'Britain's Loneliest Dog' Still Looking For A Home After 500 Days In Shelter
“He never fails to make us smile."
When Hector joined the crew at Little Valley Animal Shelter in October 2017, shelter staffers never imagined that he’d be there for very long.
But nearly two years later, Hector is still without a home — earning him the title of “Britain’s Loneliest Dog” from the British media.
The RSPCA pulled Hector from his original home due to welfare issues when he was just a puppy. Since then, he’s won over every single volunteer at the animal shelter.
“Hector is hilarious,” Jo Evans, the shelter manager, said in a press release. “He never fails to make us smile and is a firm favorite with all who meet him.”
"He's adored by staff and we can't understand why he is always overlooked,” Evans continued. “This big lad has lots of love to give.”
Now a full-grown adult, Hector cuts an imposing figure. Standing over 3 feet tall with all four paws on the ground, the black and white lurcher, a type of cattle dog, seems to be all legs.
But his goofy expressions and soulful brown eyes make the large dog instantly endearing. He has a “huge personality and the size to match,” notes the shelter's website. “Hector is an active boy who is looking for like-minded owners who can take him on plenty of adventures!”
Hector is intelligent and playful, but has been constantly passed over due to issues with separation anxiety and resource guarding.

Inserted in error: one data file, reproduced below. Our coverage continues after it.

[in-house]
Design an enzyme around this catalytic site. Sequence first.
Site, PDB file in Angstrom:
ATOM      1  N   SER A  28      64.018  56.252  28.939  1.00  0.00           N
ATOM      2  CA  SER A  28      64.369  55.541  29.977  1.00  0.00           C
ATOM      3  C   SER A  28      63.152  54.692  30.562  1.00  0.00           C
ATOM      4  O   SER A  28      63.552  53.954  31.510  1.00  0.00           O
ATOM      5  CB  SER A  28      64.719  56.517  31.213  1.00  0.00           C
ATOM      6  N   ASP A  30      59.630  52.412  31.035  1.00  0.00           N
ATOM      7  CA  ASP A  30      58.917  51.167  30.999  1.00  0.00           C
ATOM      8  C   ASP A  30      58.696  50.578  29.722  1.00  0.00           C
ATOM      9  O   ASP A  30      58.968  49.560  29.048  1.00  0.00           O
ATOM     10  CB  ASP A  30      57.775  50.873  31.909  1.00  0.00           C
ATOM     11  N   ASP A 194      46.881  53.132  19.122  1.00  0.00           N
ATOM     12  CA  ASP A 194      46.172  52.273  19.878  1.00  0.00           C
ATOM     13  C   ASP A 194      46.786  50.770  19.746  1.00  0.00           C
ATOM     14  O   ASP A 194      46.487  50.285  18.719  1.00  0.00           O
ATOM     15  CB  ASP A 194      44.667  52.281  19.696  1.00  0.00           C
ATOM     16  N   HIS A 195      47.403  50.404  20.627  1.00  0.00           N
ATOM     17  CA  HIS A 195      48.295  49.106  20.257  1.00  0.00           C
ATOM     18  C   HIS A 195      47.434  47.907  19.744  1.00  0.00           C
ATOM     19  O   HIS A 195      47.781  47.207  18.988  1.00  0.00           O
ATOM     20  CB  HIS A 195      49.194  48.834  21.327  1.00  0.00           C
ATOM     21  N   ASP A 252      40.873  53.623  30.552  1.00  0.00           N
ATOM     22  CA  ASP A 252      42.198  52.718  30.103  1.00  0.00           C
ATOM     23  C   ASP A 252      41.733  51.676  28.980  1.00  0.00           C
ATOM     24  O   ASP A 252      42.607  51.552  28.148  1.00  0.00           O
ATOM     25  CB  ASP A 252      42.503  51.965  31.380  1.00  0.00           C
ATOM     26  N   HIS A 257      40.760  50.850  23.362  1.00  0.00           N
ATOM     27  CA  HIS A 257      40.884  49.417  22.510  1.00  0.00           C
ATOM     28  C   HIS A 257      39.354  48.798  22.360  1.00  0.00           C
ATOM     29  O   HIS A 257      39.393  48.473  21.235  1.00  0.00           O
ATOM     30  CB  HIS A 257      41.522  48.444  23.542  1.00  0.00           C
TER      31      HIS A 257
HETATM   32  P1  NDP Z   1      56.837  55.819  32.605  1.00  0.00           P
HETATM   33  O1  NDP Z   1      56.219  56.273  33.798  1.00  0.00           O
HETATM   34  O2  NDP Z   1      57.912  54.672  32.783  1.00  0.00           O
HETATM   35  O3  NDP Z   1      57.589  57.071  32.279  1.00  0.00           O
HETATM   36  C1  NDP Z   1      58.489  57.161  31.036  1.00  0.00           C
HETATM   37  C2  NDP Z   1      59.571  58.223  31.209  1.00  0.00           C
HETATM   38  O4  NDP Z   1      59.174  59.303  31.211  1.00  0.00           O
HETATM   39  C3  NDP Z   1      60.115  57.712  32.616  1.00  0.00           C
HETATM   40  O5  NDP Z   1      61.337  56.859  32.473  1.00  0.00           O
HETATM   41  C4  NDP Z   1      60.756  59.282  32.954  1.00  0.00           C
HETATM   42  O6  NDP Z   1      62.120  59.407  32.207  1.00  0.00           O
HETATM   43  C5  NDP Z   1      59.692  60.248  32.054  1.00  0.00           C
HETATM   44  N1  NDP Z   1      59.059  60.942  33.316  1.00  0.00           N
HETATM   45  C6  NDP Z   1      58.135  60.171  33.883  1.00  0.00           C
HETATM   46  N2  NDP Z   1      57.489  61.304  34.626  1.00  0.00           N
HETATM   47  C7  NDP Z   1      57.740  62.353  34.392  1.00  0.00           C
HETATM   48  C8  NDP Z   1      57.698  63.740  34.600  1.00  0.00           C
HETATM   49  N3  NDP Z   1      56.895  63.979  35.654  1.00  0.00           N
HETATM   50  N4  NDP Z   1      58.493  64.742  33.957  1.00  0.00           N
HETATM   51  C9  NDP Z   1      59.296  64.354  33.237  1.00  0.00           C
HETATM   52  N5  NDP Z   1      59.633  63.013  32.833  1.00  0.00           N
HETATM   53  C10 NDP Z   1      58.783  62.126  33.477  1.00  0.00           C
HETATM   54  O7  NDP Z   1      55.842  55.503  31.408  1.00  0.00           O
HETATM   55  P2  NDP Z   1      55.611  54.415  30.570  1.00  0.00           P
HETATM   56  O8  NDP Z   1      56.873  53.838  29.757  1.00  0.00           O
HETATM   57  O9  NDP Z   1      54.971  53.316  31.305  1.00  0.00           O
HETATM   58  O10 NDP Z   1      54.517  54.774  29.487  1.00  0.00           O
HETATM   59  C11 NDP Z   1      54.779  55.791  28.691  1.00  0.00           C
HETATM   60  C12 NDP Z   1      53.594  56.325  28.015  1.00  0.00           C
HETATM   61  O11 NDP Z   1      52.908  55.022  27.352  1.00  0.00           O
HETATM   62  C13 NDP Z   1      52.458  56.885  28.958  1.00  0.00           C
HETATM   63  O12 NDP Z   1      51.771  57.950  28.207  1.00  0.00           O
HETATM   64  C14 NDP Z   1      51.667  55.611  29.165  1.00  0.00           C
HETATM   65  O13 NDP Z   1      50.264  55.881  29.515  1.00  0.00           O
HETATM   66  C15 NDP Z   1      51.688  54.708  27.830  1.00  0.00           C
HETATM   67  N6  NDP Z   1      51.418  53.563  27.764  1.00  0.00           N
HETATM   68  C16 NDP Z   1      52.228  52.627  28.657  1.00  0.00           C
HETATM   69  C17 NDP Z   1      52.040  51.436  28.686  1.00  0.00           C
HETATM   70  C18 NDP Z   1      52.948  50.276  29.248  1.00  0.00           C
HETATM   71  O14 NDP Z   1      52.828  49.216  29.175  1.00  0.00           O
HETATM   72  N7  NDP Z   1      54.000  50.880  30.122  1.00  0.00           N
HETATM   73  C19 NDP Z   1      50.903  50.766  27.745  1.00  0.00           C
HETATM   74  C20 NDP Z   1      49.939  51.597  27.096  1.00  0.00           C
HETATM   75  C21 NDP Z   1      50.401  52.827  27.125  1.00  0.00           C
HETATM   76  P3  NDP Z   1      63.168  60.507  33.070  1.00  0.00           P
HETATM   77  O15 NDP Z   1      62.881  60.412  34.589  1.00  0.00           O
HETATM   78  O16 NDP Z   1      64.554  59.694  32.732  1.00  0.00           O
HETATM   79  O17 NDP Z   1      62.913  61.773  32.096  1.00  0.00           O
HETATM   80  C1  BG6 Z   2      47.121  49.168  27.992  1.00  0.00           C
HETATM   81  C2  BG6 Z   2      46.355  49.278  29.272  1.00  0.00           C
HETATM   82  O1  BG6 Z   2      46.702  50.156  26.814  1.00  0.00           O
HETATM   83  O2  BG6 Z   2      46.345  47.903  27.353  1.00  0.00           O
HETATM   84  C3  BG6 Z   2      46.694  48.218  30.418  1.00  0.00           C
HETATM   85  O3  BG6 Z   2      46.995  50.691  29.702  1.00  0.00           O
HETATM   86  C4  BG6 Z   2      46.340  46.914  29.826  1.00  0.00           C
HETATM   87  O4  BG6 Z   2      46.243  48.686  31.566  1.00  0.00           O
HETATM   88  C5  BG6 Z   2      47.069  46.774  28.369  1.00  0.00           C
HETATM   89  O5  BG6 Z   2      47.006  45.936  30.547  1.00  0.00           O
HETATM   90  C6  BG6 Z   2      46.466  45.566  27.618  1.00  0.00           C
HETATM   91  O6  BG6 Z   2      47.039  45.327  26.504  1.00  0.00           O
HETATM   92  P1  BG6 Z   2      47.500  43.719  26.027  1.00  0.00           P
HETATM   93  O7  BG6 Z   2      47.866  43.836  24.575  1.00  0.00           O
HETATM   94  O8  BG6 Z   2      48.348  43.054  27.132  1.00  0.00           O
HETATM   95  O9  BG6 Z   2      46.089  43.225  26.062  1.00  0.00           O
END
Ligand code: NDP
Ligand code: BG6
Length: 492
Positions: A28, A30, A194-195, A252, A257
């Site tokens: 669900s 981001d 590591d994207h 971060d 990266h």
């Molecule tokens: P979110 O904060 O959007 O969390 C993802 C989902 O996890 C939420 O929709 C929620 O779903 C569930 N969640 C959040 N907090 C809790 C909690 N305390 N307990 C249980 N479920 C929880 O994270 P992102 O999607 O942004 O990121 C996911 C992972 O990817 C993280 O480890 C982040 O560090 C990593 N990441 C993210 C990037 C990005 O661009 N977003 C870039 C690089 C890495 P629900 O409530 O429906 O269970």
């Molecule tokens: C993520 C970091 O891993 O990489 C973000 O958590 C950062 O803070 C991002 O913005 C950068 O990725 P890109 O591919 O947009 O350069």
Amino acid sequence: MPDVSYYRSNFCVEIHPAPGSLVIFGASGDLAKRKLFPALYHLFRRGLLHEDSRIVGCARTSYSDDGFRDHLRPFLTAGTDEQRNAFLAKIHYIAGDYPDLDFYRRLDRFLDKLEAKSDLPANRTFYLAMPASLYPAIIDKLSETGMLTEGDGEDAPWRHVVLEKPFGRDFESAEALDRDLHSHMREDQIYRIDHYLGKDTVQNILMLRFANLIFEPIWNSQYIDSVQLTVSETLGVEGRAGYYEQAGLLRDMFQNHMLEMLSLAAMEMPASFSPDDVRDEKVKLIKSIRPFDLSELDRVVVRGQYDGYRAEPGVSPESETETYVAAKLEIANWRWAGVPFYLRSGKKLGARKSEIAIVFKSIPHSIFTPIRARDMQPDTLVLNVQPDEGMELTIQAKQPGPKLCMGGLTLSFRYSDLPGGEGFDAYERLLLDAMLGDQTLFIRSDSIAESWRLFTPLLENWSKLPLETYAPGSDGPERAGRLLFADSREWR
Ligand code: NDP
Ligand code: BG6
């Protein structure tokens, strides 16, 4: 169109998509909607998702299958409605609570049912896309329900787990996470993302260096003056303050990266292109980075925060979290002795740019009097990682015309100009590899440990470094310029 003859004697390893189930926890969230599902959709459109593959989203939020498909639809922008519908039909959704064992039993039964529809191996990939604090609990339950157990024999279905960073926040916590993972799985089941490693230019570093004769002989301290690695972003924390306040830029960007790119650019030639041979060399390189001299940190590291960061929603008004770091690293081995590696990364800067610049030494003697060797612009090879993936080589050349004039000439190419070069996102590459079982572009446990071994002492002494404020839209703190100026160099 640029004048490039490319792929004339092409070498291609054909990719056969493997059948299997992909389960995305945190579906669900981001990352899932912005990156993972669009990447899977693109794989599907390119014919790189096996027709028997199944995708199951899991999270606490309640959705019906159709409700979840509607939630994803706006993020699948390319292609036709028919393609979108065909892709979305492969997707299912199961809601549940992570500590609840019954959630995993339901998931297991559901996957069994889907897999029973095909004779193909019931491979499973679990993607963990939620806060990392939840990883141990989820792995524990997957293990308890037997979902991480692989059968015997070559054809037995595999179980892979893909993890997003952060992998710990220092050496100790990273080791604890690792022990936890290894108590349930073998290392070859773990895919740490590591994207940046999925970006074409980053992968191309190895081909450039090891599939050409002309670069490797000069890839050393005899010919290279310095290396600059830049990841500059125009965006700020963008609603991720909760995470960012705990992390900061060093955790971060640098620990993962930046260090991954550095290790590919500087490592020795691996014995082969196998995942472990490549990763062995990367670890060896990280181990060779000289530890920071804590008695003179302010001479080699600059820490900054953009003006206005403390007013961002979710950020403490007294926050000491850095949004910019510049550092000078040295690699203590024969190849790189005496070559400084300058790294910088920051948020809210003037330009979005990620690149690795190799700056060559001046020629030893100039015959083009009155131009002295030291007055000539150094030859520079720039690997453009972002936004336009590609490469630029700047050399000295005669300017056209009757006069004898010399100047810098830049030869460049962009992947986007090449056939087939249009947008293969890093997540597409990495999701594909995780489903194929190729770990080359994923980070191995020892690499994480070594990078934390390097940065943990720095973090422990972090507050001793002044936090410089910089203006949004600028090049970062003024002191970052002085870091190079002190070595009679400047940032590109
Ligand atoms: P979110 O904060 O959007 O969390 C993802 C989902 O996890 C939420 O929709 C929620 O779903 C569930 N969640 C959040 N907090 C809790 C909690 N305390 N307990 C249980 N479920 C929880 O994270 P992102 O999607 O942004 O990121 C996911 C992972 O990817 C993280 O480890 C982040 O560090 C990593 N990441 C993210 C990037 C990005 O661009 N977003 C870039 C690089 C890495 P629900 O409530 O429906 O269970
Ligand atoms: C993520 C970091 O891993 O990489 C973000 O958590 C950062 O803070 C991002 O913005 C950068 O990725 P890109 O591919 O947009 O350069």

“Hector has not been used to being left in his previous home and because of this he can find being home alone quite scary,” the shelter writes on Facebook. “He will, therefore, be looking for a home where someone is around for most of the day to help him settle in and teach him that being left alone for short periods is OK.”
His guarding behavior around food and toys means that he needs to be the only dog in the house and is not a good fit for a home with children.
“We would love for Hector to be able to live with other animals and children,” the shelter writes on Facebook. “If this was the case, he would be happily in a home by now, which is what we all want for him.”
Hector has made great strides with training, and shelter staffers are eager to show the 2-year-old dog’s new owner how good a boy he can be.
With any luck, Hector won’t be the loneliest dog for much longer.